As a class, brainstorm a list of both emotional and physical needs/wants that characters might have. Keep this list in view for students to consider when they create their own character sketches of one of the Inkheart characters.
Step 4: There are two different types of characters: the good guy and the bad guy. Even antagonists (the bad guys/gals) must have something that is relatable or loveable about them. It's what makes them human. A woman who consistently breaks the trust of family and friends might also be a foster mother to stray animals. Find a redeeming quality even for your bad guy.
- Have each student choose a character from Inkheart that they believe is a "bad guy." Using the Character Builder Worksheet (PDF), have them write down what they know about this character from reading the story.
Step 5: Good guys (protagonists) should be just as interesting. Protagonists shouldn't be perfect people. We all have flaws. If your main character is too perfect, they will distance the reader. Readers want to relate to a character in some way. Give your main character a flaw, but not a fatal flaw. Maybe your hero is a good friend or brother, but he also spends so much time playing video games that he doesn't do his homework.
- Have each student choose a character from Inkheart that they believe is a "good guy." Using the Character Builder Worksheet (PDF), have them write down what they know about this character from reading the story.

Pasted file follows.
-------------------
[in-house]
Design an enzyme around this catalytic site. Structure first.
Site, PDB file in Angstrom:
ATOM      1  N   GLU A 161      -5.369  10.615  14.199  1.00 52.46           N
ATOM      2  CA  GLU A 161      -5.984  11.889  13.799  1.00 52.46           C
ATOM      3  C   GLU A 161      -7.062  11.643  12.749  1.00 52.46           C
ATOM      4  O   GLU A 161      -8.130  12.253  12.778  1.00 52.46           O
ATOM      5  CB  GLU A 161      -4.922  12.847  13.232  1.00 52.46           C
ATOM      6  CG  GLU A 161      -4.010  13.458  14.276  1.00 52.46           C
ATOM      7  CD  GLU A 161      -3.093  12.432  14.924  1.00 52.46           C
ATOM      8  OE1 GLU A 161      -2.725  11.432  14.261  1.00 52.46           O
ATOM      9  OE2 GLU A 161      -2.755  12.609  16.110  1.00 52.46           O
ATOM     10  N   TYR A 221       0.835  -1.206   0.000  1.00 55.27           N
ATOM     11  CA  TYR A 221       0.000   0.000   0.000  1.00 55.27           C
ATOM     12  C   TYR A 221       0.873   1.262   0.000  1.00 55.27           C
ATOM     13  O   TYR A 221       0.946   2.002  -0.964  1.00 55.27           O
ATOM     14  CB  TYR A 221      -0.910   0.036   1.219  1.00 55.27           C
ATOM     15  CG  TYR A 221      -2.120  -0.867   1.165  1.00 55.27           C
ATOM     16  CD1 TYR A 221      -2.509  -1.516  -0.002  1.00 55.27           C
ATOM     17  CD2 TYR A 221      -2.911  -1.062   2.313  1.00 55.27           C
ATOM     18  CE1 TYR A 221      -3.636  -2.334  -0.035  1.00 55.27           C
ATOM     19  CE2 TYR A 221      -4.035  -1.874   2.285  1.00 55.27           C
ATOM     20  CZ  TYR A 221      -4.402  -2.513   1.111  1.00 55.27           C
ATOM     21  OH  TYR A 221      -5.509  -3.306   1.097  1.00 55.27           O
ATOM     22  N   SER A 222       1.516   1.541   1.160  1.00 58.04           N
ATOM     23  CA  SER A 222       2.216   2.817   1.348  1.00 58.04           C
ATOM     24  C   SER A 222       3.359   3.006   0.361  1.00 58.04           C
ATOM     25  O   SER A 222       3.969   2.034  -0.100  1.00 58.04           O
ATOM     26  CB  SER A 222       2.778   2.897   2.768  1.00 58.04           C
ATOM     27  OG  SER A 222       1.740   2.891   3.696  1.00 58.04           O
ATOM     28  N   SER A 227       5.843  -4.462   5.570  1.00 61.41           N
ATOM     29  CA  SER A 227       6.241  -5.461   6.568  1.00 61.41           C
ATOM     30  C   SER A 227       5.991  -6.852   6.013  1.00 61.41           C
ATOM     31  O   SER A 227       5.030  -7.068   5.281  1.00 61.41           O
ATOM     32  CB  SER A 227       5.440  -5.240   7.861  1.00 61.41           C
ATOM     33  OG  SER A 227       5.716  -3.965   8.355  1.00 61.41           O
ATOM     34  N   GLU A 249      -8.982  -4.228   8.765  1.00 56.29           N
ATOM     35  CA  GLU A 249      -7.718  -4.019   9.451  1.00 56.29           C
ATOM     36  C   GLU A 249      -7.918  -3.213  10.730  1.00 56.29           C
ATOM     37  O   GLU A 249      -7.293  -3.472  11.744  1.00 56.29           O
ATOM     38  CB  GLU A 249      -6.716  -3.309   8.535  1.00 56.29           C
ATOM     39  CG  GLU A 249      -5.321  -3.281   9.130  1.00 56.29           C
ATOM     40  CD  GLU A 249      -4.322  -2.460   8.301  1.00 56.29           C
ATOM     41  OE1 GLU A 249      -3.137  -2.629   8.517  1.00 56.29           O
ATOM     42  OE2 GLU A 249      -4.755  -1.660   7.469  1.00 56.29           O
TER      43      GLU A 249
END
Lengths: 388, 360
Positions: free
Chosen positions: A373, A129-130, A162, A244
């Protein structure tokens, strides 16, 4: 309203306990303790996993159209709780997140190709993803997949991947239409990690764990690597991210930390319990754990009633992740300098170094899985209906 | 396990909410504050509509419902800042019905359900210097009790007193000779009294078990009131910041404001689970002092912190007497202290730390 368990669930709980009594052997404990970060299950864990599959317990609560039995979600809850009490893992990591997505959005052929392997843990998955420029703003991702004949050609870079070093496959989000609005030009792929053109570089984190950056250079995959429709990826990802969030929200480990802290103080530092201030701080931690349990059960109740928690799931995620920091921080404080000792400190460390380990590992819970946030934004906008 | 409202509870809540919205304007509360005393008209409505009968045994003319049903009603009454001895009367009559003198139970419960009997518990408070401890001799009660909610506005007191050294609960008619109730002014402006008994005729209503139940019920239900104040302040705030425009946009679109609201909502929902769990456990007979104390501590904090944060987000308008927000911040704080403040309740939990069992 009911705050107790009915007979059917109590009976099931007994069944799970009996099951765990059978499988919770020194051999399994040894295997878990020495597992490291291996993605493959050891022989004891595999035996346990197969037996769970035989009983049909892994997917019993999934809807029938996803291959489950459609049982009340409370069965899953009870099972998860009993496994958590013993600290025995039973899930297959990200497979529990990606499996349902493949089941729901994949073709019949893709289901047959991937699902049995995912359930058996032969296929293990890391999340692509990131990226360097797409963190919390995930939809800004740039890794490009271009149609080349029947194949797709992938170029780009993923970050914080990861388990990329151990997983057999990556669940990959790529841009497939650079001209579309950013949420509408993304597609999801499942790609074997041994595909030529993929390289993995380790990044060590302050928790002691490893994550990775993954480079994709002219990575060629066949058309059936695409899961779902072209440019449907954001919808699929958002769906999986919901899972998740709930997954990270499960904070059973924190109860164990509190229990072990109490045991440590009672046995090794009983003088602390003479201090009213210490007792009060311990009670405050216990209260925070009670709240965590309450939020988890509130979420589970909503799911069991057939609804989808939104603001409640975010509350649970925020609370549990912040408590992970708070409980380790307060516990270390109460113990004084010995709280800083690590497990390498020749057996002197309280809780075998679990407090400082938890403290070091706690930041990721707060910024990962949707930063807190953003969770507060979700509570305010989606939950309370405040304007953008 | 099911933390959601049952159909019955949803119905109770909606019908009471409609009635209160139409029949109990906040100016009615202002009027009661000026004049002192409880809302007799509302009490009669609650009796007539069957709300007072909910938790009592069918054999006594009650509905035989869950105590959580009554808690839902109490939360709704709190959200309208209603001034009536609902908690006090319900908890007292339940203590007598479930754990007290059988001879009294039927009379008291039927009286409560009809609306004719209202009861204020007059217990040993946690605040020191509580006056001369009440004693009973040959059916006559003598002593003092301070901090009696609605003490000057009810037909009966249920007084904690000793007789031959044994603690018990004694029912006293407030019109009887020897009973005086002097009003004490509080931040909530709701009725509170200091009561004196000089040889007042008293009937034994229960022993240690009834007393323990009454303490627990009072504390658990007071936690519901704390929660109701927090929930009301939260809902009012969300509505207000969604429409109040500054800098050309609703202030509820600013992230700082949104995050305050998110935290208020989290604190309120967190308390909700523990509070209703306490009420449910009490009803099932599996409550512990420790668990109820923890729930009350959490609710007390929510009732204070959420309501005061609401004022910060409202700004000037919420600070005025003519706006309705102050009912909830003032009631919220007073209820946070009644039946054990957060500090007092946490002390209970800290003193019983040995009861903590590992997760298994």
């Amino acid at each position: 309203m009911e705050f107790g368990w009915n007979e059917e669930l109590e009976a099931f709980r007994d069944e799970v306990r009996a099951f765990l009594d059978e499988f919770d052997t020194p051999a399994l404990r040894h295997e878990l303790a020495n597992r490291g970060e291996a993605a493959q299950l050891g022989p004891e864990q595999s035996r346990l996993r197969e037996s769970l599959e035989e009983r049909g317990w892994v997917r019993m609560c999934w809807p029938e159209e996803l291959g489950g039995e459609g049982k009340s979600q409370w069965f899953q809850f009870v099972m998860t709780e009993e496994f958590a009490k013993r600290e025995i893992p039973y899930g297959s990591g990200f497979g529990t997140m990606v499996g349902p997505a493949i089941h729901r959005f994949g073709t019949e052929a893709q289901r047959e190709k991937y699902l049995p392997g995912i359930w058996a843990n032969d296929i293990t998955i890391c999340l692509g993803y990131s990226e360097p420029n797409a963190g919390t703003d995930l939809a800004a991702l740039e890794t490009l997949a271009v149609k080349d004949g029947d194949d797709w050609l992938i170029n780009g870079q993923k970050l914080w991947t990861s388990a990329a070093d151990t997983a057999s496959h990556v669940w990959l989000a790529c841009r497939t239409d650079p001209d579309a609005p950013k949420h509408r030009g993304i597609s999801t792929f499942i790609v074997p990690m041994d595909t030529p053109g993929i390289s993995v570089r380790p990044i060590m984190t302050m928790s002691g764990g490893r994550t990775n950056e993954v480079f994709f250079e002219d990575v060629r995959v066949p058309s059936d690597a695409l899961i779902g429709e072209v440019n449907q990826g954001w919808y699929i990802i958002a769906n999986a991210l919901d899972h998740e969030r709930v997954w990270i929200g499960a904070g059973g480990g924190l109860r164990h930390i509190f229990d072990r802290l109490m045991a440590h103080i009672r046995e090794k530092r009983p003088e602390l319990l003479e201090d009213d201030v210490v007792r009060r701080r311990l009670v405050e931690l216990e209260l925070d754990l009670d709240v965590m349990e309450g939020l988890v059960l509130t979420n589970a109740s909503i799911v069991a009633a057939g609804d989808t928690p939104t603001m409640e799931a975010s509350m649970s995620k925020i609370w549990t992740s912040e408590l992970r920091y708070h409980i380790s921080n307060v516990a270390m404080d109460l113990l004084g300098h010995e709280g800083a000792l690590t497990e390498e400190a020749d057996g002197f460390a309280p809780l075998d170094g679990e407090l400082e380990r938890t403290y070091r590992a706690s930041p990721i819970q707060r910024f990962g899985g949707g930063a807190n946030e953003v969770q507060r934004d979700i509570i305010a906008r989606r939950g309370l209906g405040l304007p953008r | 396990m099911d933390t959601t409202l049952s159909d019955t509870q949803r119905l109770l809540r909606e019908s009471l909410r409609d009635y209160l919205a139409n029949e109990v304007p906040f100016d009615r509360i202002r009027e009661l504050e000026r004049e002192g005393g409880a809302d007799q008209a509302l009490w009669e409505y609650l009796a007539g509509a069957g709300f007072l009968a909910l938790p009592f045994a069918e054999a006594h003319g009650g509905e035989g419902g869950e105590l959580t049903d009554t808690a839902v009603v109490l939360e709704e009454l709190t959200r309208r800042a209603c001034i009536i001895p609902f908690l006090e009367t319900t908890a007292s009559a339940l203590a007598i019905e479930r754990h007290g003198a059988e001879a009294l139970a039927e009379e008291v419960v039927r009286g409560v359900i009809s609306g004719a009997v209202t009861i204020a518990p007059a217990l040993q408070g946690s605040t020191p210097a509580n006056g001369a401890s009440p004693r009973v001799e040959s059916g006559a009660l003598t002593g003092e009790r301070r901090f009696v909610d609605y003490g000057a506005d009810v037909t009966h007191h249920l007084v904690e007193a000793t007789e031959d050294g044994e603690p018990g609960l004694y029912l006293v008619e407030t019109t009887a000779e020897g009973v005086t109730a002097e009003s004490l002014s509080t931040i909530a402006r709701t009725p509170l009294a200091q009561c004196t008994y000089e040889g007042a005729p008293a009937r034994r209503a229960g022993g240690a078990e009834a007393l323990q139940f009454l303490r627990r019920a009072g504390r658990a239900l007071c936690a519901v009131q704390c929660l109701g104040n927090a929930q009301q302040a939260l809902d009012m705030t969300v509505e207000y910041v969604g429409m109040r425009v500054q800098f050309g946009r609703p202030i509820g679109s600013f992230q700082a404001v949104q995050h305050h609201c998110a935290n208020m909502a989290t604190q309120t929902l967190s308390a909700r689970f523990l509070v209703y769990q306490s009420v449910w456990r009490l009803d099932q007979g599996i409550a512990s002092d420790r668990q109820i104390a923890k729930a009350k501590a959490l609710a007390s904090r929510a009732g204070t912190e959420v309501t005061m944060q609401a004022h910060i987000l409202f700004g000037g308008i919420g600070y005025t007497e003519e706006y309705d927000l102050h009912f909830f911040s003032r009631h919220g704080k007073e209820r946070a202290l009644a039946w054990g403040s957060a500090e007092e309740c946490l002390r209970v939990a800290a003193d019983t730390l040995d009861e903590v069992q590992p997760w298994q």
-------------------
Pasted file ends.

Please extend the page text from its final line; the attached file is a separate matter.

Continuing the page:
Step 6: Getting Into Character: have students practice getting into the head of a particular Inkheart character by doing the online activity Step into Character. This will help them understand what they do and don't know about a character. Have students print out the results to use for reference in Step 9 and to turn in for evaluation.
Step 7: Staying In Character: characters act consistently within their personalities. Someone who always jumps to conclusions will do so in your story. Someone who is easily discouraged will be so in your story when things go wrong. Your character shouldn't suddenly and unexplainably act "out of character." In order for your character to be believable and someone your reader cares about, they need to be consistent in their reactions, responses, and attitudes.
- Have students use their prediction skills to tell how a character will respond to a situation. Using the Staying in Character Handout (PDF) on the overhead, lead a class discussion on this topic.
Step 8: Putting it all together: we learn about a character through the storytelling, not from a list of vital statistics on a page. Now it's time for students to use their character-building sheets to help them write a narrative paragraph about their chosen character. Encourage them to weave the character traits in without listing them. Read aloud passages from Inkheart that reveal character traits, for instance the following:
- P. 64 — Meggie learns what Elinor values most in this world through these paragraphs, beginning with "Why is it so dark everywhere here?"